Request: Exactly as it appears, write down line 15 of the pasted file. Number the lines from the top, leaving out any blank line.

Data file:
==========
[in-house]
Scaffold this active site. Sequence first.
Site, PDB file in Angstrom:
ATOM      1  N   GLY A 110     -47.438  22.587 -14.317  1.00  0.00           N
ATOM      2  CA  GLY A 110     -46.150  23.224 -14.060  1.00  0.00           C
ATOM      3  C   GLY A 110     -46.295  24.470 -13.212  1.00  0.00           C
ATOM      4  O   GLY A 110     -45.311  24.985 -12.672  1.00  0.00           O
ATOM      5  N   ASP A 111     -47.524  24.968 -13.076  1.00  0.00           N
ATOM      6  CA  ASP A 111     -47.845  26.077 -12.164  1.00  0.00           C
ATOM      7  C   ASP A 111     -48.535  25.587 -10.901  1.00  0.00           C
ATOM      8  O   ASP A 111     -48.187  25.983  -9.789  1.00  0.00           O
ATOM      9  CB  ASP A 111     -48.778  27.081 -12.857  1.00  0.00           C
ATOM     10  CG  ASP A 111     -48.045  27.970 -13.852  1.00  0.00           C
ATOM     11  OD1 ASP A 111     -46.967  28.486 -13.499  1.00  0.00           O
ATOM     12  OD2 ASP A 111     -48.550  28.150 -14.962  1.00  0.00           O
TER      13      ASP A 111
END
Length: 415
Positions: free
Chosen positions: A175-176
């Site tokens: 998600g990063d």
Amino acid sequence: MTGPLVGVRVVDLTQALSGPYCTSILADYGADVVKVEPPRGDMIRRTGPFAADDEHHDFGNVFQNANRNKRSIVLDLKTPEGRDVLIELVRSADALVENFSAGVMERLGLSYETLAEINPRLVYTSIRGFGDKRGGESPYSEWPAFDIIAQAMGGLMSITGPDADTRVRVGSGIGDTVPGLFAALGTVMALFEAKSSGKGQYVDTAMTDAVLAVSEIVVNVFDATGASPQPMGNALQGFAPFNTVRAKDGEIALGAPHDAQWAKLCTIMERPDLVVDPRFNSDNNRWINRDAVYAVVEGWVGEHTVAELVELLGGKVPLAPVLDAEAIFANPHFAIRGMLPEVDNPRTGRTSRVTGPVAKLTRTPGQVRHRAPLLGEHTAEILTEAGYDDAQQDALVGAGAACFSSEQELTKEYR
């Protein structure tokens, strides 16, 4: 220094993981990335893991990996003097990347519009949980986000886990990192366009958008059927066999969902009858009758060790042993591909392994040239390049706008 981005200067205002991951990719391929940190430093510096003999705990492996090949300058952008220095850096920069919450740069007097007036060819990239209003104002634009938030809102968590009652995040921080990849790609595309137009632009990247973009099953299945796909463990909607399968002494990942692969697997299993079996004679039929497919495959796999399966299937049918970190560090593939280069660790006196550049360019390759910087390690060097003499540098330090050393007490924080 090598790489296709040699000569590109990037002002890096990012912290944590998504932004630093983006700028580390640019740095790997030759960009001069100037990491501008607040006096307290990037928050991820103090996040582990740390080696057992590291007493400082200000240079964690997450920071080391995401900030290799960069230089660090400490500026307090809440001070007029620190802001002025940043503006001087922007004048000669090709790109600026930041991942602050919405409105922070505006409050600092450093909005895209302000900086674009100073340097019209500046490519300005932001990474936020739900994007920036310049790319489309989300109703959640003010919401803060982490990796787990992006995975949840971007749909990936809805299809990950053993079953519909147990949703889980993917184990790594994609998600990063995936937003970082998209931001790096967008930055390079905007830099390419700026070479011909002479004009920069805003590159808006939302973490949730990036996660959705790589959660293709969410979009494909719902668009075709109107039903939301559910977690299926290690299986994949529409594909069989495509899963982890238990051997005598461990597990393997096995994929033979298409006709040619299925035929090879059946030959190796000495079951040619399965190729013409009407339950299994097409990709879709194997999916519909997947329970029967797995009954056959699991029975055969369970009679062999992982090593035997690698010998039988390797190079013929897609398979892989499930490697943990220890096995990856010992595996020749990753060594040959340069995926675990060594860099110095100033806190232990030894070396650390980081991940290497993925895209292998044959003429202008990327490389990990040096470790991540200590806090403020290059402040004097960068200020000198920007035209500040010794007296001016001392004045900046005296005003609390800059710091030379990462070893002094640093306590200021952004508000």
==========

ATOM     12  OD2 ASP A 111     -48.550  28.150 -14.962  1.00  0.00           O